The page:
Katrina Brought Out the Best of IT

Hurricane Katrina was the worst natural disaster in U.S. history. It displaced more than a million people and created a federal disaster area covering 90,000 square miles. Its effects were unprecedented, but the response from the IT industry was powerful. Working through the American Red Cross , the industry donated tens of millions of dollars in cash, products and services.

Companies also sent thousands of volunteers into the area to support relief efforts. This is the story of one disaster response effort that had enormous impact.

Katrina hit New Orleans on Monday, Aug. 29. The magnitude of the disaster increased significantly on Tuesday when the levee broke and the flooding began. Steve Cooper, CIO at the American Red Cross, realized that the response effort required would be enormous. He knew that the capacity of his IT organization, while extensive, would fall short of what was needed, so he asked the CIOs at his major IT suppliers to meet at Red Cross headquarters in Washington.

On Thursday, Sept. 1, 60 executives from 27 organizations attended the meeting on one day's notice, and all of them offered help. The participating companies included giant vendors and small suppliers spanning the industry (see www.redcross.org/sponsors/helping.html ). They agreed to contribute cash, products, services and people to the relief efforts.

At the initial meeting, three things happened that were critical to the success of the effort. First, Cooper asked the companies to put aside industry competition and focus on helping the victims. They did. Second, Cooper admitted that he didn't have the resources to respond sufficiently and asked for help. Several attendees stated their admiration for his candid and timely request for help. Often, they said, people wait too long to ask for assistance. Third, the Red Cross asked the group to formulate a plan together, instead of mandating a particular solution.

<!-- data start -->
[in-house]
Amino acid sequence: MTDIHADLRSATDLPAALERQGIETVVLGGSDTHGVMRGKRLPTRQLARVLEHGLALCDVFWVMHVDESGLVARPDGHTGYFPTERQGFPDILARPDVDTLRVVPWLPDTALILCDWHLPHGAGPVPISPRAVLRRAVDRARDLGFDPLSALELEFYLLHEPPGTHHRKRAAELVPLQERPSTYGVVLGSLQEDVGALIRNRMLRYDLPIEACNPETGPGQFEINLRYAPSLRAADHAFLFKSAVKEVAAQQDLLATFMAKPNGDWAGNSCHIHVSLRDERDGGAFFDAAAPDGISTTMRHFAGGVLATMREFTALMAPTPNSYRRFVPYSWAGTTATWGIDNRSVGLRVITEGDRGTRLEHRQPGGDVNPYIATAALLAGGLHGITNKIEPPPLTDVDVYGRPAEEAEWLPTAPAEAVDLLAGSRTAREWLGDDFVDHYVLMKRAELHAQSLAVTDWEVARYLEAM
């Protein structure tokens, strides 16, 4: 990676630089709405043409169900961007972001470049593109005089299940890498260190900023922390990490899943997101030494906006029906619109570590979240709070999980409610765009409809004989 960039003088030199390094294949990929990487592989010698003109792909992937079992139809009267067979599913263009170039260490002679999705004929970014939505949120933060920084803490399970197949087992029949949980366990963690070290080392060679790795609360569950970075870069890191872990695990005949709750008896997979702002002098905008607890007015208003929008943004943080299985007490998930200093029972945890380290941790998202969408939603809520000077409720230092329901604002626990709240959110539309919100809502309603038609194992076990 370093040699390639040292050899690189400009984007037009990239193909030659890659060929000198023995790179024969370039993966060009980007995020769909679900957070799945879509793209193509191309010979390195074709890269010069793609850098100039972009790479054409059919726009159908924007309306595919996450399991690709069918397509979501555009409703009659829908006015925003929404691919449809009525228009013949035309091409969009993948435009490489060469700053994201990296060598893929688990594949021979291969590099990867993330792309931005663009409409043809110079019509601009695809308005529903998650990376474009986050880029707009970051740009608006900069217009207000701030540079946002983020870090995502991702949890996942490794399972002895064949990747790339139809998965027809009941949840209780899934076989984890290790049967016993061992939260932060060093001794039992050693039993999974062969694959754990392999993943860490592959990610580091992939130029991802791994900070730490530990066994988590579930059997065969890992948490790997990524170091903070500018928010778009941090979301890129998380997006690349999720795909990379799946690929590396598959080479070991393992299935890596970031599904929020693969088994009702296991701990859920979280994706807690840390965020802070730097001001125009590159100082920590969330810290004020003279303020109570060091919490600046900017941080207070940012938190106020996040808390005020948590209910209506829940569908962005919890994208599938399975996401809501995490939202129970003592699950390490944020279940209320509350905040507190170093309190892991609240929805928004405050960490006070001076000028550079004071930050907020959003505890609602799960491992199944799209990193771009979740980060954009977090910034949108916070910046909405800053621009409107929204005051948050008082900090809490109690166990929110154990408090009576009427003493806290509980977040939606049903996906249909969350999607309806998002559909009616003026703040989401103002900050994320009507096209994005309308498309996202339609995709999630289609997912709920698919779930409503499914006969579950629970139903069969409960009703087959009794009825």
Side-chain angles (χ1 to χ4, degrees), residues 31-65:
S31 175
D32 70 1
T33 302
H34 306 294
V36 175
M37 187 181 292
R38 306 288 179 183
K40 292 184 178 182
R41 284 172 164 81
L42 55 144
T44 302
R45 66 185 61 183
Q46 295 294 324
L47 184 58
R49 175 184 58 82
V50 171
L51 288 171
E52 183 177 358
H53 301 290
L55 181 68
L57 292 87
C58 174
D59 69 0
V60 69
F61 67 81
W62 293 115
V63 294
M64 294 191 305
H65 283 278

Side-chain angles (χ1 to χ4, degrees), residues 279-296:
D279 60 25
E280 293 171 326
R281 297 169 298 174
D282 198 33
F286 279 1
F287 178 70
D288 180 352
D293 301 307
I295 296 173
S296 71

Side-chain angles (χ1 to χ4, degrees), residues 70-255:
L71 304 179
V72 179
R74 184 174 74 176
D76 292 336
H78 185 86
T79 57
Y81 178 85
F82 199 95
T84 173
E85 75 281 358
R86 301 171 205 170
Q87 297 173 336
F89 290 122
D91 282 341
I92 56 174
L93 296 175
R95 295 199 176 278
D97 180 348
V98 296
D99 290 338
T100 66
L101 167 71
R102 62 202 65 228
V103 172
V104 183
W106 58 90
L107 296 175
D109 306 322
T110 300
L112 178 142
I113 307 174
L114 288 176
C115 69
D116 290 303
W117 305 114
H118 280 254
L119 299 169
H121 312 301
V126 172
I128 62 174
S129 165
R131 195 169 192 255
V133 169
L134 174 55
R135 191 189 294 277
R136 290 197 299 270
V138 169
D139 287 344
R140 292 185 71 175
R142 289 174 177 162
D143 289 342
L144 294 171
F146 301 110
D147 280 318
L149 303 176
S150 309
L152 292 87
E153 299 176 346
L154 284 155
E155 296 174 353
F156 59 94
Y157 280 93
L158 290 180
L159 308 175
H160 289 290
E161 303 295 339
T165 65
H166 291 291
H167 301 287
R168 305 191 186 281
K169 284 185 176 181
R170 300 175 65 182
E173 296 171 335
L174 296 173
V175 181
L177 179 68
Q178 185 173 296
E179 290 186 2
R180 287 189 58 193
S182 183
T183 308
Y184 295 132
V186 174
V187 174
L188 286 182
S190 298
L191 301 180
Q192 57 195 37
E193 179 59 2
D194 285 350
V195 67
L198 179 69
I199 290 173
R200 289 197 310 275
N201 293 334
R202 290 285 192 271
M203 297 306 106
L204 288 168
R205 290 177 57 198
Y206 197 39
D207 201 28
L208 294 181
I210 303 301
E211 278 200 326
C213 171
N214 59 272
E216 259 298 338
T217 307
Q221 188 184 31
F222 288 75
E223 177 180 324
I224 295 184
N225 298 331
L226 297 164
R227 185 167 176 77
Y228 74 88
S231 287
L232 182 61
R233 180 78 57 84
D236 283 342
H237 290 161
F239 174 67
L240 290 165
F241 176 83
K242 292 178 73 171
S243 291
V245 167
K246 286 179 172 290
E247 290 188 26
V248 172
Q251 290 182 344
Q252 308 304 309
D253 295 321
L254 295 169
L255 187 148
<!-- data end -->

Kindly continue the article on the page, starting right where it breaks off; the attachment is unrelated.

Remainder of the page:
By late Thursday, the group had come up with a relief strategy, and by Saturday - just five days after Katrina hit -- multicompany teams began work on the following major IT projects:

Shelter services. One team developed a system to register and track people in shelters. This was not straightforward, since shelters were created in multiple locations (schools, churches, hotels and public buildings) and opened and closed in response to changing demands. Intel and Cisco led the team that donated and installed a standard communications kit at each site, including PCs, VoIP phones, wiring and supporting infrastructure. These kits served as phone banks and computer centers for each shelter, enabling survivors to communicate with family members.

Financial assistance. Normally, the Red Cross sends response teams into disaster areas to physically give debit cards to victims, but the devastation wrought by Katrina precluded this approach. Instead, the financial assistance team, led by Avaya and SBC , constructed a California call center where survivors could register and have funds wire-transferred to a Western Union office. The 400-seat call center was created in one week and handled a large call volume daily.

The "Family linking" information database. More than 50 uncoordinated Web sites sprang up after Katrina in an effort to identify victims and reunite families. Microsoft , Yahoo and Google worked together to develop a system to crawl the Web to search these sites. Then they created a central repository, KatrinaSafe.org, to enable family members to connect with one another. IBM and the San Diego Supercomputer Center developed the sites's back-end matching program to remove redundancies and make the remaining entries as unambiguous as possible.